Colorado and DMA Prepare for Battle
- Dec 1, 2014 | Gail Cole
The law requires non-collecting out-of-state sellers to share consumers’ purchase history with both the consumers themselves and the Colorado Department of Revenue. The purpose of the law is to facilitate the state’s enforcement of its consumer use tax, which is levied upon the storage, use or consumption of tangible personal property subject to sales tax when no sales tax was collected at the time of purchase. This most often occurs when the seller is an out-of state vendor not required to collect sales tax, as is the case with many internet retailers.
The Colorado use tax notification requirement is a work-around, as federal law prohibits states from compelling out-of-state vendors to collect sales tax unless nexus is established (nexus is a connection—usually physical—between a tax authority and business). Some states have stretched the definition of nexus to include a connection via affiliates. Colorado has taken a different approach.
On October 17, Barbara Brohl, Executive Director of the Colorado Department of Revenue, filed a respondent’s brief with the Supreme Court. Its argument for affirming the Colorado Tenth Circuit Court of Appeals decision revolves around the following:
- The Tax Injunction Act (TIA) bars the DMA’s lawsuit because it seeks to enjoin and restrain the methods Colorado uses to assess and collect its sales and use taxes.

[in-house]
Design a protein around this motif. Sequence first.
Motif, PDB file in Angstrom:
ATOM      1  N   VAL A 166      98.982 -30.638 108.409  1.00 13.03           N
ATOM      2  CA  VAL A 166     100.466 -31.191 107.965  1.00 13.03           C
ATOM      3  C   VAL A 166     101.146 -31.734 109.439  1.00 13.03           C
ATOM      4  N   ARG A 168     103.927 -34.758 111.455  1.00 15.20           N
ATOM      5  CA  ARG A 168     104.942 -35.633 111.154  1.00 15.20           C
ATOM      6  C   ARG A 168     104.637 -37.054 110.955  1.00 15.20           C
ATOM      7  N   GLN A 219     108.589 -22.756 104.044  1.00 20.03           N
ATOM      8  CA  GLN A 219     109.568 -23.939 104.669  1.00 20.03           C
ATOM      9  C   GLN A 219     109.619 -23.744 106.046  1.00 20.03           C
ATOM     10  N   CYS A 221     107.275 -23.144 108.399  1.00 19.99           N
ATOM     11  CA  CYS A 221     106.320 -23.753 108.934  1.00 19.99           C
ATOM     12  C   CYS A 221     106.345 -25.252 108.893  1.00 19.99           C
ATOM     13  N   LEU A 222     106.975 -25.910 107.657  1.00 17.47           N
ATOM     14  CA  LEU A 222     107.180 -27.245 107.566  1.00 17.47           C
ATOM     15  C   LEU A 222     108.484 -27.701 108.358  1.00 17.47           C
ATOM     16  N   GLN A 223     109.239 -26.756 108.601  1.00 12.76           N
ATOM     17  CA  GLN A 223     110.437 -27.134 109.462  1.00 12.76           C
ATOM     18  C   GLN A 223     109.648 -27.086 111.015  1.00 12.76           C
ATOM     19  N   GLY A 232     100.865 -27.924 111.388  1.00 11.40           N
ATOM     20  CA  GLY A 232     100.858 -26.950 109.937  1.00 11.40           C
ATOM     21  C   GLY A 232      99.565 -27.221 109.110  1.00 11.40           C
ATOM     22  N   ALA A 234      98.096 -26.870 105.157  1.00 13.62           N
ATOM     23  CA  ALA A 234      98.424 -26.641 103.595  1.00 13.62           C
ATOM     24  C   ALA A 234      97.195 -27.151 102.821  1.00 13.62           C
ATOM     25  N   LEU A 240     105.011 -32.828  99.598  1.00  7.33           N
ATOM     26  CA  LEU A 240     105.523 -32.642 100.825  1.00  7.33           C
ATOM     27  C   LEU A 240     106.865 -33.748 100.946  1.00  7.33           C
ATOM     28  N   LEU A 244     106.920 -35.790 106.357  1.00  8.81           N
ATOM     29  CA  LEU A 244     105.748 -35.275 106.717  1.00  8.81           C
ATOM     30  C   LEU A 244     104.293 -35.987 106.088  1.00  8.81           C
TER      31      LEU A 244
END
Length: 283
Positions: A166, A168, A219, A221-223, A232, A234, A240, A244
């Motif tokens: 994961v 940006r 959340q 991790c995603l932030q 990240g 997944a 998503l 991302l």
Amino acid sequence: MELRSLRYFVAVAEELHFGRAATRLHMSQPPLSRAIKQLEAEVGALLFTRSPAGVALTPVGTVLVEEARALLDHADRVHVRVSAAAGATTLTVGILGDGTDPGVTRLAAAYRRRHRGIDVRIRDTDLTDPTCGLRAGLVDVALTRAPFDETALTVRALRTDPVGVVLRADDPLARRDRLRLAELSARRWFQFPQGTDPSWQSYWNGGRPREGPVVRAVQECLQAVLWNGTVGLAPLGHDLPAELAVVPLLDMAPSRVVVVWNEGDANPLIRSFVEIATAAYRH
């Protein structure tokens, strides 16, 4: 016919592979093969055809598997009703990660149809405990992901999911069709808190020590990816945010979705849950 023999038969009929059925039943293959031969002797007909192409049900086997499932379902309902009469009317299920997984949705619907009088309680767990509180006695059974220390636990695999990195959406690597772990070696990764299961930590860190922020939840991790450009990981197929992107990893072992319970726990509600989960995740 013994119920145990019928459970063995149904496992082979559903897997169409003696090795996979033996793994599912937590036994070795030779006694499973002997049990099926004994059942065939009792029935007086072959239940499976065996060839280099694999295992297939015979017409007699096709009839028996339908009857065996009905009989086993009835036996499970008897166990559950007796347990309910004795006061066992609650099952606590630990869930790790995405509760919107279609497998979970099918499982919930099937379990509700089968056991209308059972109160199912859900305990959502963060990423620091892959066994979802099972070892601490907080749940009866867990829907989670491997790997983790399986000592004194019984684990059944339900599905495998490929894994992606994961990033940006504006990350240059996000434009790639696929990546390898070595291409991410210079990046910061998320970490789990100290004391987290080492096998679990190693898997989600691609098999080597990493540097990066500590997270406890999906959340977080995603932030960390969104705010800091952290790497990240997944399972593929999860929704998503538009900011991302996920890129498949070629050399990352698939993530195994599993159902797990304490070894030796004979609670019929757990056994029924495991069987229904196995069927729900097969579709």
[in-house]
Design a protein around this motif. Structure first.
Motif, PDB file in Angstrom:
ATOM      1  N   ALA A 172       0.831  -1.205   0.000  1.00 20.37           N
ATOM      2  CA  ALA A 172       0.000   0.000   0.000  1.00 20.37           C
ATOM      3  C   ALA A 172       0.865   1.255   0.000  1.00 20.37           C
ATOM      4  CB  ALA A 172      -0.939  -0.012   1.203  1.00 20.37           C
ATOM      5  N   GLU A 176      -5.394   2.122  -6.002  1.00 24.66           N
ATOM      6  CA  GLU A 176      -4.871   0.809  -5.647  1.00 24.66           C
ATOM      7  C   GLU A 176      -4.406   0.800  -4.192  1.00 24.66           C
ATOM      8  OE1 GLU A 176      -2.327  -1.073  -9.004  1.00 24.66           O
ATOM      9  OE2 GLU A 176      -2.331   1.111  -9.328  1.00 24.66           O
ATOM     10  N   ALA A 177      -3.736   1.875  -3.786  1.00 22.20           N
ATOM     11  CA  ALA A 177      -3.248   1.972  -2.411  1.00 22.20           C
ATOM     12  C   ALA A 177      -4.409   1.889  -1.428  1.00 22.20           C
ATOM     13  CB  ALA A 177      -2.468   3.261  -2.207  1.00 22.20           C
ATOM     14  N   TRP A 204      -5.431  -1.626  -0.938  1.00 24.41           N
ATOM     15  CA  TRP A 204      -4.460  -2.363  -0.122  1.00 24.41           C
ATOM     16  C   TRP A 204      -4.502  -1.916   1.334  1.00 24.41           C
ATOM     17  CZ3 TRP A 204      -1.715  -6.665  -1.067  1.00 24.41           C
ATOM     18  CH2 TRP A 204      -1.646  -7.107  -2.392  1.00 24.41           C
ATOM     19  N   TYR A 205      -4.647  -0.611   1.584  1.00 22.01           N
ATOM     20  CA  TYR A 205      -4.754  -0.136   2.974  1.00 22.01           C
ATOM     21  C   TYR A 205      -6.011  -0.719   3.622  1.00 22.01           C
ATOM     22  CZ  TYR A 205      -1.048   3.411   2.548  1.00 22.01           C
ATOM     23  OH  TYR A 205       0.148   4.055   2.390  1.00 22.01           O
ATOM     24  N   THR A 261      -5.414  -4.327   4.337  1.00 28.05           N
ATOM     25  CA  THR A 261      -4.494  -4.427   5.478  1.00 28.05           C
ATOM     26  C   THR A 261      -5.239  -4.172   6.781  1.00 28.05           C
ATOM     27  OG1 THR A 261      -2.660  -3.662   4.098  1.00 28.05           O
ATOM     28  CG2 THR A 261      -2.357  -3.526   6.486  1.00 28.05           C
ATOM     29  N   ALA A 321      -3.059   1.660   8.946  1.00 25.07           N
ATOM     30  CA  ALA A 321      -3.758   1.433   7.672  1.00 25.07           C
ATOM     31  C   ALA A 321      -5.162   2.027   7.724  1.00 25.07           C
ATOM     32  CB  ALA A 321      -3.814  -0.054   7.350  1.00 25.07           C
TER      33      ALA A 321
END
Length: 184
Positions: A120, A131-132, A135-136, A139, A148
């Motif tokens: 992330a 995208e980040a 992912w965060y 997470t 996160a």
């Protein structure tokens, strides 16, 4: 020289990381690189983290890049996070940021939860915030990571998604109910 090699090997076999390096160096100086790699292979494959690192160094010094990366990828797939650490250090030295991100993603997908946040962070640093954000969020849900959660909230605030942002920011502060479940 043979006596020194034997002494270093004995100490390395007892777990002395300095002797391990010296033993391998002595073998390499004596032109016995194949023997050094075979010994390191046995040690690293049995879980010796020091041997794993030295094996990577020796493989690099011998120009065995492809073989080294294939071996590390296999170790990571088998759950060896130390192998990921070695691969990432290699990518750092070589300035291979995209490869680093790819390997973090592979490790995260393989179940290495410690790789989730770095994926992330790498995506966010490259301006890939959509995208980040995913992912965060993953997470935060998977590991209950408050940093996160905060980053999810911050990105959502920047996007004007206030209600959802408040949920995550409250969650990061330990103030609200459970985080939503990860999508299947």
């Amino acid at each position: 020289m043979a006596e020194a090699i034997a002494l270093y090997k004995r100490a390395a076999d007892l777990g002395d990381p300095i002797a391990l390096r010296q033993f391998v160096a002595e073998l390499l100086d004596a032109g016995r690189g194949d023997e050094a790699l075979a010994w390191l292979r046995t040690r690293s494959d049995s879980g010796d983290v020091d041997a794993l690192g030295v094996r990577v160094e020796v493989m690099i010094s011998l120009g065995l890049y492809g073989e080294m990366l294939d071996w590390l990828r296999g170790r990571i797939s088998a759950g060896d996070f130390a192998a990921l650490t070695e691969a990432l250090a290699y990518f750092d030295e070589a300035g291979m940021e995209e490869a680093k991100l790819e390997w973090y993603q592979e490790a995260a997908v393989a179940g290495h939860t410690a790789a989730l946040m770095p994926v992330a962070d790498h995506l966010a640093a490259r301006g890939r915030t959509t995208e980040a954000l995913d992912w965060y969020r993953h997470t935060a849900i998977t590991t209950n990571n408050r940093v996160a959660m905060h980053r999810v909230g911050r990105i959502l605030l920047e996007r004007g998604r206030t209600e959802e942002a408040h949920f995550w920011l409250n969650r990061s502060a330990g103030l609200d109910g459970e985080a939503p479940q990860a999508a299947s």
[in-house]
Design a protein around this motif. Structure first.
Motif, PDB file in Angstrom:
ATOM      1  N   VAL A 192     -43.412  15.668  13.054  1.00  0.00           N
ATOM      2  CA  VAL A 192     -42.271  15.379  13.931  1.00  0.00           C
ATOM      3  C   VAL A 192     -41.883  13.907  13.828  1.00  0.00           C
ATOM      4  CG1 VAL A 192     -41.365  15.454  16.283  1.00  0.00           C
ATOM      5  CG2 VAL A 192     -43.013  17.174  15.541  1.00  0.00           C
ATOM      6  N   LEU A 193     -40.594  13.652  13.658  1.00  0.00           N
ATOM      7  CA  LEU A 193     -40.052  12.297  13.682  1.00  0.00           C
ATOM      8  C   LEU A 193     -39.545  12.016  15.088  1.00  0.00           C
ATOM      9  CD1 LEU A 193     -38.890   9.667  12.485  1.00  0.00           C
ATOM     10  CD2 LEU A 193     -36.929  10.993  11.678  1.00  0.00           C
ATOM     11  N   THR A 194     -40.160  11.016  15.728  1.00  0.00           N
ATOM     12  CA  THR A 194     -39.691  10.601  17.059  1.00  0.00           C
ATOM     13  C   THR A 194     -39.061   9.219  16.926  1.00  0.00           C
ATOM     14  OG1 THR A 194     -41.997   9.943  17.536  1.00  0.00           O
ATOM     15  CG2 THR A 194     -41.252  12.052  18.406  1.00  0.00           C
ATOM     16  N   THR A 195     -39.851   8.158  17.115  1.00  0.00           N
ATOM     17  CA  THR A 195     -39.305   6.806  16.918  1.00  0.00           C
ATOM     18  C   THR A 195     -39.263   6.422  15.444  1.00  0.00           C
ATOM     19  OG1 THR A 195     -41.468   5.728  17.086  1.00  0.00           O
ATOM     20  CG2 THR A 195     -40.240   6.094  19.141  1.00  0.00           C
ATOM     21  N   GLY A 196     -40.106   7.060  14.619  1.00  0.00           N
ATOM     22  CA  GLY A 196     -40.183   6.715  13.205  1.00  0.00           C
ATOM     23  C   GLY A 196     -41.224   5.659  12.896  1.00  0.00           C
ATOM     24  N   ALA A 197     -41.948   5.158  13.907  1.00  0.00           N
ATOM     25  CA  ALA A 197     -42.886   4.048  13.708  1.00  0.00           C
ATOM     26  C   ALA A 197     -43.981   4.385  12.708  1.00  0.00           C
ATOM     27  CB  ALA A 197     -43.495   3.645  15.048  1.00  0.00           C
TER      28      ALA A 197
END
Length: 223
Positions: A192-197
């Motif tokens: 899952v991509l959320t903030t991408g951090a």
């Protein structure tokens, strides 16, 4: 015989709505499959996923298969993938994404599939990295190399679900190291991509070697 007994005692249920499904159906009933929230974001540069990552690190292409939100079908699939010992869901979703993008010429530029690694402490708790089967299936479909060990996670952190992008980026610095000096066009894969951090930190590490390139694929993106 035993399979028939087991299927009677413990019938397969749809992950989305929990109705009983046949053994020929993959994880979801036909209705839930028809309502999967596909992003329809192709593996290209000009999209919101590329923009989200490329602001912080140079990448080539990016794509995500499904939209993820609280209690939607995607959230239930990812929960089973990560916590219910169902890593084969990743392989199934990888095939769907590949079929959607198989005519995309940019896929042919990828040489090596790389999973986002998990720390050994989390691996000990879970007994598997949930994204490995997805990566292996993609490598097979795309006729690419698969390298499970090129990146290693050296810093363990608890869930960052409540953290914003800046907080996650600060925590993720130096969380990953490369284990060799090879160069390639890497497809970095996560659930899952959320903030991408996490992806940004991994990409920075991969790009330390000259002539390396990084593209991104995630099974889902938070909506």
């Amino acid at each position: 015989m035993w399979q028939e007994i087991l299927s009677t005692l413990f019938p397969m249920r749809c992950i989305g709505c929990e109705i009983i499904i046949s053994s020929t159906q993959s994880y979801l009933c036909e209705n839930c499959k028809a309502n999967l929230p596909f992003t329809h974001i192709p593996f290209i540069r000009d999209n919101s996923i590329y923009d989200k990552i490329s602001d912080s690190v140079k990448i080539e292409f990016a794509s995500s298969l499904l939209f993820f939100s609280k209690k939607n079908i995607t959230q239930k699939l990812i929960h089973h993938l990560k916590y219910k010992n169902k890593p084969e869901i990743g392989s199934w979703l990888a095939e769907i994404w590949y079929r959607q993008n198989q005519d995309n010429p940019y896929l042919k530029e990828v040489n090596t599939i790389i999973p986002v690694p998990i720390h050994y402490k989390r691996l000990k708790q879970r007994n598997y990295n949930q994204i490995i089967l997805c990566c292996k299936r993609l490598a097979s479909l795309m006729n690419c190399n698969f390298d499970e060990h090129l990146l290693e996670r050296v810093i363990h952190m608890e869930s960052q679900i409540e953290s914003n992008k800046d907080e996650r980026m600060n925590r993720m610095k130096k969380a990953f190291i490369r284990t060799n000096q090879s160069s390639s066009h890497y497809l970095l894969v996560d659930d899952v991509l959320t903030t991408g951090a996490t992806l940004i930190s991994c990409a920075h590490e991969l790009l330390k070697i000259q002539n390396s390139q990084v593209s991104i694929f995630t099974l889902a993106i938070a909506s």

- Applying the Tax Injunction Act here does not unduly expand its scope but rather furthers Congress’ purpose of protecting the primacy of state court review.
- Although the TIA provides the smoothest path to dismissal, this Court may also affirm based on comity principles.
The Direct Marketing Association (DMA) filed its reply to the respondent’s brief with the Supreme Court on November 17. Its argument for reversing the Colorado Tenth Circuit Court of Appeals decision and remanding the case for further proceedings focuses on the following:
- The respondent provides no support of the text of the Tax Injunction Act for the Tenth Circuit’s ruling.
- The DMA’s claims fall outside of the TIA’s jurisdictional bar.
- Cases interpreting the AIA do not dictate dismissal of the DMA’s suit.
- The respondent fails to distinguish conflicting circuit court authority.
- The Doctrine of Comity does not apply.
Now we wait.
The Supreme Court’s eventual decision could reverberate through the world of online sales tax. Yet the court has largely sidestepped this topic since Quill Corp. v North Dakota, the pivotal 1992 remote sales tax case. That decision stated, “The underlying issue here is one that Congress may be better qualified to resolve.”
Qualified or not, Congress has not resolved the issue. There was hope it would be addressed—finally—during the 2014 lame duck session. House Speaker John Boehner quashed those hopes on November 11.
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